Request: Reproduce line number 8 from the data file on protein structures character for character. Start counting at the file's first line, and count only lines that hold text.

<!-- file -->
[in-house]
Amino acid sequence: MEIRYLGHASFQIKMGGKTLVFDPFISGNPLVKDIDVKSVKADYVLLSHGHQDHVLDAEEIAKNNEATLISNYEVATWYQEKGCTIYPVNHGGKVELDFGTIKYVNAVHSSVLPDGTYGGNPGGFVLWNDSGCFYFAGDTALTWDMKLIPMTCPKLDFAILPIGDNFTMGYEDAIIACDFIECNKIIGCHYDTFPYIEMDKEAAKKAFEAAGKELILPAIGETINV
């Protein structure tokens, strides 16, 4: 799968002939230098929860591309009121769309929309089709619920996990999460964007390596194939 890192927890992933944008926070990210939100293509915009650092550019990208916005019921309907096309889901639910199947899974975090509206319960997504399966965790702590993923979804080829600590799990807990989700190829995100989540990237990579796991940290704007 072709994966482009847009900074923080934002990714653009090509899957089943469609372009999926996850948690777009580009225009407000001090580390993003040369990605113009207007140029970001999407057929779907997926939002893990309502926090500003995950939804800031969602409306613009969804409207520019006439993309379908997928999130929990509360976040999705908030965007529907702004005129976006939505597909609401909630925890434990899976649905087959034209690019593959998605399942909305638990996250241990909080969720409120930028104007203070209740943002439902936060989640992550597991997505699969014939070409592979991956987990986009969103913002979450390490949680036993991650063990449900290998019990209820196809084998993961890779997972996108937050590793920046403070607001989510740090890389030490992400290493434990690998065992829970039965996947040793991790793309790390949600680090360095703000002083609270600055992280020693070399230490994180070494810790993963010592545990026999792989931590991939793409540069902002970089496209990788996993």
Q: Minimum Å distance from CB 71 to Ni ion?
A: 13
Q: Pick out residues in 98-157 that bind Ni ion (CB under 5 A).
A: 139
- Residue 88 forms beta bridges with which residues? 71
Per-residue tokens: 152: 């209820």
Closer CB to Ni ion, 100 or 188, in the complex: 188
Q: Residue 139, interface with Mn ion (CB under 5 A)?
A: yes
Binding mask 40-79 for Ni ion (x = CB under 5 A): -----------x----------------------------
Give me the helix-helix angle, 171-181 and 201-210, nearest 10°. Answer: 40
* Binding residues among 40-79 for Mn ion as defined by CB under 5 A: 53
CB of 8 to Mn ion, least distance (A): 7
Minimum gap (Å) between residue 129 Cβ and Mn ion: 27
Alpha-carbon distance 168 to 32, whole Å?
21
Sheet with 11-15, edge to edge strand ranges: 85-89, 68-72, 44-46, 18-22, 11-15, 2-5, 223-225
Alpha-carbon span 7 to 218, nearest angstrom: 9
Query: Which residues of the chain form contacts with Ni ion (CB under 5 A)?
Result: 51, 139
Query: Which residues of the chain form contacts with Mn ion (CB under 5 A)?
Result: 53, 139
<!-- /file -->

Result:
- Residue 88 forms beta bridges with which residues? 71